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Stumbing upon the Third Reich

The Nazi.
Image courtesy: Gitika Saksena

A sojourn across Central Europe is a visual delight. Wonderful castles, winding cobblestone paths and cathedral spires greet you at every odd turn. But just then and all of a sudden, you stumble upon memories of the Third Reich (Nazi rule of Germany). They seep through, manifesting themselves in bombed ruins, surreal death camps and innocuous motifs on a ceiling. In tour pamphlets, train conversations with fellow travellers and the booming tales of the walking tour guide – the Third Reich blinks you in the mind’s eye.

Hitler had once painted a watercolour of Hofbrahuas.
Image courtesy: Gitika Saksena

It is in Munich, in 1920, that Adolf Hitler declared the twenty five theses of the National Socialist program, thus giving birth to the Nazi Party. The venue was Hofbrauhaus, a 400-year old beer hall owned by the Bavarian state government.

Motifs painted over the Swastika symbol.
Image courtesy: Gitika Saksena

Today, looking up at the ceiling inside a much popular and crowded Hofbrauhaus, you find fancy motifs, trying to best disguise the Swastika symbols that have been painted over.

Empty Chair memorial at Krakow.
Image courtesy: Gitika Saksena

Krakow, a city in Poland, is now famous for being the location where much of Schinder’s List was shot. The Jewish district, Kazimierz, is dotted with numerous shops, restaurants; you may almost forget its history if not for the odd traces here and there. The entire population was wiped out during the Holocaust. Away from the hustle and bustle, you must take time out to visit the baroque style Isaac synagogue and spend a quiet moment there. On the bimah (raised wooden platform), one can see inscribed dedications in memory of the families who did not survive the Holocaust. Once you cross the Vistula River, flowing through city, you reach the erstwhile ghetto of Podgorze. It is a starkly different world, and a sense of melancholy prevails as you reach the Empty Chair Memorial, where two thousand people were shot by Nazis post liquidation of the ghetto.

Ghetto wall, designed like a tombstone, in Krakow.
Image courtesy: Gitika Saksena

Limited portions of the ghetto walls (designed as tombstones) can still be seen. As you walk up the path along one such wall, you notice the area outside the ghetto is now a children’s park.

Outside Schindler's Factory.
Image courtesy: Gitika Saksena

Another significant landmark in Krakow is Fabryka Oskara Schindlera– Emalia. In 1939, a Nazi spy, Oskar Schindler bought an enamelware factory in Krakow and employed (and saved the lives of) about a thousand Jews, amongst others. Today, the factory has been converted into a modern-looking museum which showcases the journey of the Nazi occupation of Krakow.

At the gates of Auschwitz I - Work makes (you) free.
Image courtesy: Gitika Saksena

As the Nazi party grew in power and significance, it began persecuting people of races and ethnicities it perceived as inferior. The Auschwitz camp alone saw the persecution of more than a million people over the period of Holocaust. All possessions of the dead were collected for reuse – be it shoes, bags, spectacles… And it did not end there – even the dead were recycled; hair used to weave fabric and skin used to make cigarette pouches.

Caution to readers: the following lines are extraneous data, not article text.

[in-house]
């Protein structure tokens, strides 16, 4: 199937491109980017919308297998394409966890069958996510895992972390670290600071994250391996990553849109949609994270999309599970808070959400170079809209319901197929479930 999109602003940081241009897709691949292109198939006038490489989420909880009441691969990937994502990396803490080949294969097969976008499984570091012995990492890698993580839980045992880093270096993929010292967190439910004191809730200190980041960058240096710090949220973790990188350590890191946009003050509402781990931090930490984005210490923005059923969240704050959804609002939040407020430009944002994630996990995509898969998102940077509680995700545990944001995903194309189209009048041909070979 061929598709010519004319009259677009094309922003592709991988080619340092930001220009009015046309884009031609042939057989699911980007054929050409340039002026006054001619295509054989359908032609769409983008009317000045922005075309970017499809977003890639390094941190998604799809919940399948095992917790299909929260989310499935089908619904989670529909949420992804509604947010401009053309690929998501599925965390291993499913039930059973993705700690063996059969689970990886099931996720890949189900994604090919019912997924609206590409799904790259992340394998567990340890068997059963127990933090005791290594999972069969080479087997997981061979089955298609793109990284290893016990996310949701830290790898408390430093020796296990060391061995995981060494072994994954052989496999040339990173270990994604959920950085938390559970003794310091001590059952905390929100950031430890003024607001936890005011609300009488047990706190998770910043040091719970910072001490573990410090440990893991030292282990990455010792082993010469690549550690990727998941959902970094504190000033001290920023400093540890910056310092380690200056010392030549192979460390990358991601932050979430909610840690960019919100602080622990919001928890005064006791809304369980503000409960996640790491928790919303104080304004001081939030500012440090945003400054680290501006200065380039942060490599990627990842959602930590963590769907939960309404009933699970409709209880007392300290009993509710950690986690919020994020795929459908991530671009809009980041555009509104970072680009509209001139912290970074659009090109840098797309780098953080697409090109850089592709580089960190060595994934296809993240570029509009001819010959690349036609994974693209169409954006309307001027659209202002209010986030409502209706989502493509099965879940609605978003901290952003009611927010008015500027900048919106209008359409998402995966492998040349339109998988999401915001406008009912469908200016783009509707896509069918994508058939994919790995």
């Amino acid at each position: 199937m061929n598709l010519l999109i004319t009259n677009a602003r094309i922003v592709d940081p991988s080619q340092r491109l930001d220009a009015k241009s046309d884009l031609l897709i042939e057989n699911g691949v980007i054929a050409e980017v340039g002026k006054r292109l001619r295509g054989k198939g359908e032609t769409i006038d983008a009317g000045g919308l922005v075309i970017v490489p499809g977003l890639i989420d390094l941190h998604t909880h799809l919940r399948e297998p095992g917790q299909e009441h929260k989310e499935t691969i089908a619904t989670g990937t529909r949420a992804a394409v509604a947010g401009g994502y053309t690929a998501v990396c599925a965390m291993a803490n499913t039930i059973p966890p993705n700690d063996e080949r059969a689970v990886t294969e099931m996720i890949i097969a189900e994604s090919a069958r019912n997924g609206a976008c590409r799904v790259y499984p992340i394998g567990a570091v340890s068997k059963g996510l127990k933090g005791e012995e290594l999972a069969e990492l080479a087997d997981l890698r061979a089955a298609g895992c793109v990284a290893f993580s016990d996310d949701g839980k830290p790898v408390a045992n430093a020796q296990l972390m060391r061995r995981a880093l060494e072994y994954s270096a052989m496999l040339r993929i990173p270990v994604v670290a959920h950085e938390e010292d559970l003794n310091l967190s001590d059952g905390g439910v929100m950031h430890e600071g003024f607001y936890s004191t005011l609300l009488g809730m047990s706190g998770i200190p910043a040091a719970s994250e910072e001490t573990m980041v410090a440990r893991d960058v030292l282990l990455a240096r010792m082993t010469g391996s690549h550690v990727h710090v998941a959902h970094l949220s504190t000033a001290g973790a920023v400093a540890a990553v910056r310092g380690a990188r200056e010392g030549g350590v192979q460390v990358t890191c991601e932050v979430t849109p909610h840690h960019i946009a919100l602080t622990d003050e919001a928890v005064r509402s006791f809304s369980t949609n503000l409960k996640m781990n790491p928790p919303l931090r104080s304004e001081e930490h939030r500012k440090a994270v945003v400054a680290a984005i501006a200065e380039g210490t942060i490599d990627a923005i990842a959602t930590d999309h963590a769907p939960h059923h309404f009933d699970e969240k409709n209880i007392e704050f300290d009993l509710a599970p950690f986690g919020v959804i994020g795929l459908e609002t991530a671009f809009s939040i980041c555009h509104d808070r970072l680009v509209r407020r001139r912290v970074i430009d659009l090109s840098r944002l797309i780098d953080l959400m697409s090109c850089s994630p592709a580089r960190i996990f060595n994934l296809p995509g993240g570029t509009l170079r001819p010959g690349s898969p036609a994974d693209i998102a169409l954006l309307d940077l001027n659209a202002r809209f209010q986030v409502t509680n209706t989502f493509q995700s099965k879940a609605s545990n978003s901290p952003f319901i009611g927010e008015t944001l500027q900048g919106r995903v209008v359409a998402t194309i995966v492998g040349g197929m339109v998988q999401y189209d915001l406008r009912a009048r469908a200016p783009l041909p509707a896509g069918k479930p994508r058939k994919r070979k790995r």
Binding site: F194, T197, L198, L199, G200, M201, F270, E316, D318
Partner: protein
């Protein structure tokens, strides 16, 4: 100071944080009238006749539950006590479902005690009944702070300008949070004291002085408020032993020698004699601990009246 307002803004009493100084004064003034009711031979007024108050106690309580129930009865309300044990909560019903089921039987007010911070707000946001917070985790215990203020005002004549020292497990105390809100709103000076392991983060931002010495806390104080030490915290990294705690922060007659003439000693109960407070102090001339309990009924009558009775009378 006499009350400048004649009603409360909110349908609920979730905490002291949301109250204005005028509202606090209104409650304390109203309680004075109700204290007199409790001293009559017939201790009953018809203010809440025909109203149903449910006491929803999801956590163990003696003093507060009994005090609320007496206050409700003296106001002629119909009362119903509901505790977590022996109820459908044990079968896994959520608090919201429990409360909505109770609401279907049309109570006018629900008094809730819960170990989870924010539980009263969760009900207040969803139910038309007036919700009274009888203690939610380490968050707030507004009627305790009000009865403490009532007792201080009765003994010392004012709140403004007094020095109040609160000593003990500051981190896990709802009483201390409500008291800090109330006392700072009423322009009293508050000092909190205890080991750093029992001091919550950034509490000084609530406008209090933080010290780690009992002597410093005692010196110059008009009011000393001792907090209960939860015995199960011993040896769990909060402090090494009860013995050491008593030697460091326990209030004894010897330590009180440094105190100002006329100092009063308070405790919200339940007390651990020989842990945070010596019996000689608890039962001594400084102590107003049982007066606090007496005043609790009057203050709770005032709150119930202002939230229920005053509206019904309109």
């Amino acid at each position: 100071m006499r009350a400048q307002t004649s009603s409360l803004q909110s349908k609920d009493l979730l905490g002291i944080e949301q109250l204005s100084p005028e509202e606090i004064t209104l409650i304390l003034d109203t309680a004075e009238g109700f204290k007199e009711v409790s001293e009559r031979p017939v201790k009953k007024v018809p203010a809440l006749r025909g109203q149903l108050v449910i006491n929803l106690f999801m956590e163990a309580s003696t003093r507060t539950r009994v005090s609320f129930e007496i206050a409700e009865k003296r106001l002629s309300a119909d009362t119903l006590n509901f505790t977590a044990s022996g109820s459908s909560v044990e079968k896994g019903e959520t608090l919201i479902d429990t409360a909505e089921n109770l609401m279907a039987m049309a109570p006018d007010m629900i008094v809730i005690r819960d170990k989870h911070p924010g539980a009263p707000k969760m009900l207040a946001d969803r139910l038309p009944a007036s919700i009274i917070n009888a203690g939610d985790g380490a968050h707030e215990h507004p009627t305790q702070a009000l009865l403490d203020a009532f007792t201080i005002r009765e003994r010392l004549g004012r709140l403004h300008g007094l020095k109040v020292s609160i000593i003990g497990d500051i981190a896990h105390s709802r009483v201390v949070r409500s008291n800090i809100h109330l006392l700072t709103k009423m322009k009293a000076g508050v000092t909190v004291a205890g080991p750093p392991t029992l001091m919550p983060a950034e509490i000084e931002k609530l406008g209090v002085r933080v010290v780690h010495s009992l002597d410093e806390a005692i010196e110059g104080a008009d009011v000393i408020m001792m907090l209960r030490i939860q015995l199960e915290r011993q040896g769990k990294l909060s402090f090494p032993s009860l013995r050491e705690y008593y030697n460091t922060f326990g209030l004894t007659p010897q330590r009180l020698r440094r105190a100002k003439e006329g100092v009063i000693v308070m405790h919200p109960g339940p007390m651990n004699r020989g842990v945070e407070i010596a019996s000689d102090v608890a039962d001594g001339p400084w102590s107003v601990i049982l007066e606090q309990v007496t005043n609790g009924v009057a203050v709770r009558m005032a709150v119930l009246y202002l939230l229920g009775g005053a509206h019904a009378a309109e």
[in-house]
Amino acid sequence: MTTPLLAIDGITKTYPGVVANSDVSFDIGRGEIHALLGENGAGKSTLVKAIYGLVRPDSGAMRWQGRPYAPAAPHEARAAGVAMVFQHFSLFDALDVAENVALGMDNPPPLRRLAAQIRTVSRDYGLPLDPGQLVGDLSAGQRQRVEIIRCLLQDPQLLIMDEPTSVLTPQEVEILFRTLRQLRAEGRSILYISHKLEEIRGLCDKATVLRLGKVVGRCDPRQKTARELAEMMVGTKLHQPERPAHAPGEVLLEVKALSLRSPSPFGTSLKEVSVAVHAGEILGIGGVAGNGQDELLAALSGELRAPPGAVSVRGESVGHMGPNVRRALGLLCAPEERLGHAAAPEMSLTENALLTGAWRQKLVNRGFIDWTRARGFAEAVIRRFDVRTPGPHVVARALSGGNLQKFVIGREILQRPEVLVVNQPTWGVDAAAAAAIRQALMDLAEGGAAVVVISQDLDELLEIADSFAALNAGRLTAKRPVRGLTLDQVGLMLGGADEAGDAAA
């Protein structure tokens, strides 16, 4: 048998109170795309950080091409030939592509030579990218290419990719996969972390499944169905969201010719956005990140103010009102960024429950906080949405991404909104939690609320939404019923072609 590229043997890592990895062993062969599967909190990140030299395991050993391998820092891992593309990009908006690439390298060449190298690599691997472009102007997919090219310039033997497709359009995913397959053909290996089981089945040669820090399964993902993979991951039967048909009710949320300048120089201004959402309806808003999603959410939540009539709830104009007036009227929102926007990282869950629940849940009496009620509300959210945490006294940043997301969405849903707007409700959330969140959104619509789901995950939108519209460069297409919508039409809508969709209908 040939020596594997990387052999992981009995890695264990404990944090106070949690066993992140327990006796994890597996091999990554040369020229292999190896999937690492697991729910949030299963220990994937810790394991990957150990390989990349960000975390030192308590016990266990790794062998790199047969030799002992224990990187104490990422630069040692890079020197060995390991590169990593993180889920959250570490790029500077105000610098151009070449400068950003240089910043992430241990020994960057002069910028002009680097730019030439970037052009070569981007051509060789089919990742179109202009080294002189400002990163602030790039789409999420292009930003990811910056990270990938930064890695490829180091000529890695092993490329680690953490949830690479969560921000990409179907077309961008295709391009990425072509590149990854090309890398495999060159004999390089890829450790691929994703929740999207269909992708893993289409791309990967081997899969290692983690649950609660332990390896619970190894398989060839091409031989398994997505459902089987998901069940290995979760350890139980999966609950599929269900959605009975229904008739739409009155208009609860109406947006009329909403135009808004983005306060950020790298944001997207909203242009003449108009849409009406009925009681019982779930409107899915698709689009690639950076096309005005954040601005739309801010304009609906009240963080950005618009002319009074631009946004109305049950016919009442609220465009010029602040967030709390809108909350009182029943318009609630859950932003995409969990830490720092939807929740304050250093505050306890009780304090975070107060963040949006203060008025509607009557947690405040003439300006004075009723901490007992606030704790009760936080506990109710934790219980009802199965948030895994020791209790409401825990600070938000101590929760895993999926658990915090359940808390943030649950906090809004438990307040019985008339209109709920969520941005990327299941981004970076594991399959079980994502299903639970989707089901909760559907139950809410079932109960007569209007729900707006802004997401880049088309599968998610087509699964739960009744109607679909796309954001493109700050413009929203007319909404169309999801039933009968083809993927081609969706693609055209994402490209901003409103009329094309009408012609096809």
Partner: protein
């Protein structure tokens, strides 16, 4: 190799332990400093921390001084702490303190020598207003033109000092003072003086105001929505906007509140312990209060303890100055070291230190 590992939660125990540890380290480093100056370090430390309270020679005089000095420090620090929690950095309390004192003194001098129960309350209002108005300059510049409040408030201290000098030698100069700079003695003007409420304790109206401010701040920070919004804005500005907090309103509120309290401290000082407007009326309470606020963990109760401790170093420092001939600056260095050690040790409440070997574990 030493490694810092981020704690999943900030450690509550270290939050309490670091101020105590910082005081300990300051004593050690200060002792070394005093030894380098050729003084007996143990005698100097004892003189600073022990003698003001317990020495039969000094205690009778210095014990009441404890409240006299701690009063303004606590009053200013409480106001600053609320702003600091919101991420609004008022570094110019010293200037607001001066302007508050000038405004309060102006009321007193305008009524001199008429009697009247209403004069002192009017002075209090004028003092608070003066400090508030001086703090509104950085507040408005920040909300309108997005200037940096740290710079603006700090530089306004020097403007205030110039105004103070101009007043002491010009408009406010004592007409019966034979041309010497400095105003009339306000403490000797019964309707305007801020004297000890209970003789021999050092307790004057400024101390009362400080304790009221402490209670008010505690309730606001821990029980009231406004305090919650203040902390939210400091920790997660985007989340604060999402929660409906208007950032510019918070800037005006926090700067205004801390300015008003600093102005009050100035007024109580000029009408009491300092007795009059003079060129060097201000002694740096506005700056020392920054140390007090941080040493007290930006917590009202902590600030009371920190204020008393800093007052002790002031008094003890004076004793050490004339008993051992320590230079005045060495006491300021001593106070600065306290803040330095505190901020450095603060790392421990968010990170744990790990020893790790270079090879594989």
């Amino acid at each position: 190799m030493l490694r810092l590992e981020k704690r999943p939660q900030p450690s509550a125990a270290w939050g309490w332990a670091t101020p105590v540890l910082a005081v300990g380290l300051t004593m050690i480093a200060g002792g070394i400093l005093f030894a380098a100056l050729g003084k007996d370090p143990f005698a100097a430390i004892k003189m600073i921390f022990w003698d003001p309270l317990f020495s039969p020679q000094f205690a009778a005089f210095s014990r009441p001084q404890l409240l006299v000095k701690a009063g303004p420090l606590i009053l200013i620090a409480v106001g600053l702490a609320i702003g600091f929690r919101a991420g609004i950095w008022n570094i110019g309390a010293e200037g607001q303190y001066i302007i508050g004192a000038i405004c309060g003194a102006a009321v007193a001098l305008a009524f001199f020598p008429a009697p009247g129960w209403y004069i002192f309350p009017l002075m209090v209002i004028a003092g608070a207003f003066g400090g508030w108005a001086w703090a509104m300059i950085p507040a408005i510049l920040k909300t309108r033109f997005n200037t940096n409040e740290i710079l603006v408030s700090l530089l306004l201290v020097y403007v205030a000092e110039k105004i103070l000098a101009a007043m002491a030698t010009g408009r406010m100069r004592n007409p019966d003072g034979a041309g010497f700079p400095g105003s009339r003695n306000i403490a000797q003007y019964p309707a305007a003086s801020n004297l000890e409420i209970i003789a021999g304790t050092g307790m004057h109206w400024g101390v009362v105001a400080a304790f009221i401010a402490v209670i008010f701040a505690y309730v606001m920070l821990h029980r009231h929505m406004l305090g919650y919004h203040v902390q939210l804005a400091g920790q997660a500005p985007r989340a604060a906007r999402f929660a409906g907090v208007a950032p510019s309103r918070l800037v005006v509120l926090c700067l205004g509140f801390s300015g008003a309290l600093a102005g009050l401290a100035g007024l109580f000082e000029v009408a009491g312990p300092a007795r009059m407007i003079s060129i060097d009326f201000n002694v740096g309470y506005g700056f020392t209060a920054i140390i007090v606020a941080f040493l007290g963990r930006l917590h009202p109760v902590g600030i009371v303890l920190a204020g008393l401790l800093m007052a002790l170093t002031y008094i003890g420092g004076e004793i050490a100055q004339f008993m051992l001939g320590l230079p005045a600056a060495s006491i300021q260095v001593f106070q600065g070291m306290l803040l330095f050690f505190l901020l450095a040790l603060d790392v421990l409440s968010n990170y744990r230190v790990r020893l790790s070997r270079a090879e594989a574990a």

Birkenau camp, also known as Auschwitz II.
Image courtesy: Gitika Saksena

Today the camps of Auschwitz and Birkenau are world heritage sites and the surreal experience leaves an indelible impression on one’s memory. While Auschwitz I has been converted into a museum with guided tours organized; Auschwitz II (or Birkenau) now hosts a memorial and seems unchanged from the time it was abandoned.

Ruins of a gas chamber. Zyklon B (a highly lethal cyanide-based pesticide) used to be dropped into the chamber, killing hundreds at once.
Image courtesy: Gitika Saksena

While fleeing, the Nazis tried to destroy all evidence, burning down as many of the wooden barracks as they could (leaving only the brick chimneys) and blowing up the gas chambers (one can still see the ruins though).

The twin towers (on the left) of Frauenkirche church in Munich.
Image courtesy: Gitika Saksena

During the Second World War, the Allied forces bombed and wiped away most of the Third Reich cities. Only the most significant monuments remained, so that these could serve as landmarks to identify the city for (ironically enough) bombing. The twin towers of the Frauenkirche church in Munich is one such example and today make up the city’s most recognizable symbol. These cities have now rebuilt themselves; the new buildings designed around the old and more importantly successfully carving out a legacy completely devoid of any trace of the Third Reich.

In the end, it is not easy to define one’s experiences across these places. But if anything, they make you realize the strength of human spirit in the face of all adversity; and appreciate the will, resilience and fortitude of people to move on and change for the better.

AUTHOR'S BIO: An economics graduate from Lady Shri Ram College, Delhi and an MBA from Xavier Institute of Management, Bhubaneshwar, Gitika started flirting with photography in 2011 and it has been a constant companion ever since. She enjoys taking photographs related to travel, humanitarian causes, festivals and celebrations and once in a while, likes to connect dots and find the common thread between images of people and places. You can view some of her work at